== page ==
Overall this is an essential CD for anyone who has any sort of an interest in the North West’s ever growing jazz pedigree. Compositions are both broad in scope and encouragingly original, undoubtedly proving that they can hold their own on bandstands wherever the real book may find itself in the years ahead.

The Ribble Valley Jazz Club Band – Lunchtime Live at the Grand

Ahead of the first annual Ribble Valley Jazz Festival in Clitheroe this month, it seems apt to review a live recording of the one of the club’s popular lunchtime concerts. Only established in 2007, Ribble Valley Jazz and Blues have worked tirelessly to achieve what they have thus far. What began simply as a way for local players to get together and jam has resulted in a solid band that plays regularly, a series of jazz workshops for younger players, a youth big band competition and now an annual jazz festival. As well as establishing a healthy schedule of local gigs and events, the organisation has also attracted some of the country’s premier acts including Steve Berry, Alan Barnes and Eric Ainsworth.

Recorded at one of the Club’s lunchtime concerts at the Grand in Clitheroe, this CD does a good job of showcasing some of this region’s talent. Lead by Brian Taylor on saxophone, flute and harmonica, this particular unit play through 13 tracks of varying pace and mood. Taylor himself is on excellent form, especially on Autumn Leaves where his subtle flute playing dances above the Kevin Morris’ measured guitar. On other tracks though Morris digs deep and provides some of the best solos of the session. On Angel Eyes the group adopt an almost rolling blues backdrop for the guitarist to crunch through some muscular lines. Nick Mohan is an economic pianist who chooses his notes with care, and along with bassist Ed Harrison and Tom Rice on drums, he plays a major part in keeping this quintet knitted together well.

Atomic at the RNCM – 30th July 2009

AtomicThe intensity of Bourne/Davis/Kane’s set would have been a hard act to follow for most   groups but Atomic managed to ignite a fire at the RNCM with their chaotic and energised sound.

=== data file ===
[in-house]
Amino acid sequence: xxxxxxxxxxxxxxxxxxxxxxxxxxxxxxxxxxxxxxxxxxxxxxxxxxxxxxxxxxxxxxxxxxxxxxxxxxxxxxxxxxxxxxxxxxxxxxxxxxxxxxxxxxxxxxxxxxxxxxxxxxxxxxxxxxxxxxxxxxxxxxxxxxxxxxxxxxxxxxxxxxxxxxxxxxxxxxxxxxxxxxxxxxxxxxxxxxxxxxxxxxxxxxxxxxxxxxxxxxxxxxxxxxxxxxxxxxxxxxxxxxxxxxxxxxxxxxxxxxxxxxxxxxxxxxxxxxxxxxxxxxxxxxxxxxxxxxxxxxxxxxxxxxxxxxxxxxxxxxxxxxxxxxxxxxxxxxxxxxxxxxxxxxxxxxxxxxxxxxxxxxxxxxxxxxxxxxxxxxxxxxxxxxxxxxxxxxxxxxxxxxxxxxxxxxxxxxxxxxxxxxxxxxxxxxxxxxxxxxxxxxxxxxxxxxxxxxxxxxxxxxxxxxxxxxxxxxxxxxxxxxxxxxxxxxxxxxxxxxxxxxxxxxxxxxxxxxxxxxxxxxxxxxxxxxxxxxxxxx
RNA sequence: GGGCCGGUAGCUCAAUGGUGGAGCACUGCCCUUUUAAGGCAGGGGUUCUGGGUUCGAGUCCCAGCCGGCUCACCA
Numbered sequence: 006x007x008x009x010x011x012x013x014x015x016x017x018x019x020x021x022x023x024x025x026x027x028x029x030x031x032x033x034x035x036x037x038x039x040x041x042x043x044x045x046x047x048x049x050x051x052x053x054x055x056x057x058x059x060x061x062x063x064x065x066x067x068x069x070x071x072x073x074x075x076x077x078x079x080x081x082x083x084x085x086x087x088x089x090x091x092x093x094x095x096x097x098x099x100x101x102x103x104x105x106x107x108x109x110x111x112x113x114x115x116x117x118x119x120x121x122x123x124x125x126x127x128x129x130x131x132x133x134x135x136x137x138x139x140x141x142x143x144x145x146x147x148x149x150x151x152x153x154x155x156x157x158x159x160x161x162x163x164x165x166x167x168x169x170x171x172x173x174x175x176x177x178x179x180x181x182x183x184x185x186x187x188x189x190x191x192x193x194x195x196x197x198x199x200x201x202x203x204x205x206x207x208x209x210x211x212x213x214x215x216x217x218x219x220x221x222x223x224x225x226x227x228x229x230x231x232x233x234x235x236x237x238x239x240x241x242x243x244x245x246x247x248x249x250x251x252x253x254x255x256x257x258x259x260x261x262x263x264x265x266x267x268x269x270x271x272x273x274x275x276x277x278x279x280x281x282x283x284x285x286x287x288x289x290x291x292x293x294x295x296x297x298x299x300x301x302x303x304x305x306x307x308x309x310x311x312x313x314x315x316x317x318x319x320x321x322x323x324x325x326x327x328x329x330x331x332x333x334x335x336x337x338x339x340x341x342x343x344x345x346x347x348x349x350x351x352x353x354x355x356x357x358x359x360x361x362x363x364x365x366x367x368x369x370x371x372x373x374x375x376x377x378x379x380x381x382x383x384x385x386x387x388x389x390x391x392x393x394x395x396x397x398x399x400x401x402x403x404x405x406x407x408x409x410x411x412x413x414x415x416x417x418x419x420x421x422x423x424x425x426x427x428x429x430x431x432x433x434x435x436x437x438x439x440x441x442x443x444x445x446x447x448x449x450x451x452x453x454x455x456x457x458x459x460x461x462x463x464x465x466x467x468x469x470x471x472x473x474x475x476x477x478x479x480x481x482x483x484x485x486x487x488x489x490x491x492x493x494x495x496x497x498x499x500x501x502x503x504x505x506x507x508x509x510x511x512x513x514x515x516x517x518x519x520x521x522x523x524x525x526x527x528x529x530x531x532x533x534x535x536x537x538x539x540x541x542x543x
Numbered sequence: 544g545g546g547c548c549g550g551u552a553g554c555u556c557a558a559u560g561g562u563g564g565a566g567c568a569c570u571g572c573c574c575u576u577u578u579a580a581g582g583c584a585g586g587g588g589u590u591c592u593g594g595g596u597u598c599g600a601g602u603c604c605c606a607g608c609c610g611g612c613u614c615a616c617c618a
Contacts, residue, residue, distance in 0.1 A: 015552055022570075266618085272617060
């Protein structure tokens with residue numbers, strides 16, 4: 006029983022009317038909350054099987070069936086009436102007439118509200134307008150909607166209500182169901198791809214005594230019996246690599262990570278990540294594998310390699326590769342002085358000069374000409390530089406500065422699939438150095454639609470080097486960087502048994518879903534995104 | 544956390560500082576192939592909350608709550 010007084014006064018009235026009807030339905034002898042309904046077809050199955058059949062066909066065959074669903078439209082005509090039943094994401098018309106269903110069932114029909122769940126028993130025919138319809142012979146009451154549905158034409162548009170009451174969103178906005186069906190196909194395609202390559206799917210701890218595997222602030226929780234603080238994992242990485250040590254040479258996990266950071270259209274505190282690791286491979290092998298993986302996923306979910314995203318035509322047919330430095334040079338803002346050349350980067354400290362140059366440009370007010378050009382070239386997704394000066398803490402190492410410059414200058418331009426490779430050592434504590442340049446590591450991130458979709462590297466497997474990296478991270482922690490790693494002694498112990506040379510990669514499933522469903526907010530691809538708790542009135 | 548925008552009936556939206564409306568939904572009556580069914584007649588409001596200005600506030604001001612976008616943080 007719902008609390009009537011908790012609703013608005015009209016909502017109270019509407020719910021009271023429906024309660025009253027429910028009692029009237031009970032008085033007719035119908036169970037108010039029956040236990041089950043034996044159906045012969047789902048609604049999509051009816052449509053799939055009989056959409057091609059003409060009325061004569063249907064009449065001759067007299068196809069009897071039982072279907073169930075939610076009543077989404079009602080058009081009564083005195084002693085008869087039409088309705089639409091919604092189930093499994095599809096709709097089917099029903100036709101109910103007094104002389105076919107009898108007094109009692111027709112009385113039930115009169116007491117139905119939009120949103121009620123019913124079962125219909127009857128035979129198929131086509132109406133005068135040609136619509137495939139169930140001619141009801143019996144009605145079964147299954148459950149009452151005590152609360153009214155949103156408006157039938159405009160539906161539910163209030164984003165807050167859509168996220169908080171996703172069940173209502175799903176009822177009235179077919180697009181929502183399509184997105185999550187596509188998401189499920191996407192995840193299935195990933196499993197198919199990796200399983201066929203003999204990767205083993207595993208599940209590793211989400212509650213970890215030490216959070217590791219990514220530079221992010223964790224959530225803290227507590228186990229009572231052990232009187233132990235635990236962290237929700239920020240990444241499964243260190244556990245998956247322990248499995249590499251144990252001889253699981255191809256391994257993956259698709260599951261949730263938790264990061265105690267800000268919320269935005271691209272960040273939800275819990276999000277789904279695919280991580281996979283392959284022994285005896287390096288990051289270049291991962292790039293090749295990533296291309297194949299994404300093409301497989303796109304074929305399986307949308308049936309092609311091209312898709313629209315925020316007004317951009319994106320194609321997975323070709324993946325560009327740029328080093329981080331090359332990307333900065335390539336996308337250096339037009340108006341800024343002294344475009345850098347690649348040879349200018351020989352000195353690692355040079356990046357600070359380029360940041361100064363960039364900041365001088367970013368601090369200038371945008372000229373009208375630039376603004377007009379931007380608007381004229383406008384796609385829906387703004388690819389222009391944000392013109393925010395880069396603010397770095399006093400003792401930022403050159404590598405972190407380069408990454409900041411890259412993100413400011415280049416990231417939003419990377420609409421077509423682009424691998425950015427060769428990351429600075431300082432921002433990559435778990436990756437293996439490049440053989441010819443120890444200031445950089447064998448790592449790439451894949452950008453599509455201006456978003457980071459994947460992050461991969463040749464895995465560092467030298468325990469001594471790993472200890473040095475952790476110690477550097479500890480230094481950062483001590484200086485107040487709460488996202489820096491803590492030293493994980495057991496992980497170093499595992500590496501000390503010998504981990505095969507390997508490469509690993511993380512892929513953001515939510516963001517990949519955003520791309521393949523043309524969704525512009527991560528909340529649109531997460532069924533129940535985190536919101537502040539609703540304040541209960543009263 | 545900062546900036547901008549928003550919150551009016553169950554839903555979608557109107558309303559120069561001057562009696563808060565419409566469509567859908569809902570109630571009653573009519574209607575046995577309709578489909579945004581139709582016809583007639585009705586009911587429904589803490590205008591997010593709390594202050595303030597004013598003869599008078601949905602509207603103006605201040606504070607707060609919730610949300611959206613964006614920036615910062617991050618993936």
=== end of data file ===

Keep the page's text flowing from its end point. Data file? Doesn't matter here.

Combining both tight funky riffs and cacophonous collective improvisation Atomic created a truly unique sound. At times the band locked down a groove that was accessible and almost straight ahead (I do emphasise almost!), but any sniff of standard time was axed relatively quickly in exchange for a whirlwind of polyrhythmic melodies. Barely stopping for breath for an hour each player weaved in and out of each other in an organised chaos that was both disorientating and hypnotic all at the same time.

Drummers are usually the backbone of a band but Paul Nilsen Love was something quite different on this occasion. As one of the most sought after drummers in Europe his ferocious power and often jaw dropping lateral approach to the kit has made him hitman of choice for luminaries such as John Butcher, Ken Vandermark and German sax colossus Peter Brotzman. In this setting his dizzying attack was pivotal to the group dynamic; at times setting the group free and at others reining them in.

Paul Nillsen Love

Leading the group from up front was charismatic tenorman Fredrik Ljungkvist who was in charge of the leading this group one way or another with his seemingly abrupt battle cries. This was a highly entertaining gig by a group of improvisers that aren’t afraid to swing from time to time. Challenging and manic as much of the music was in this set, there was an overriding sense that we as listeners were being taken somewhere tangible, and that whoever was driving knew how to read the map… even if we didn’t.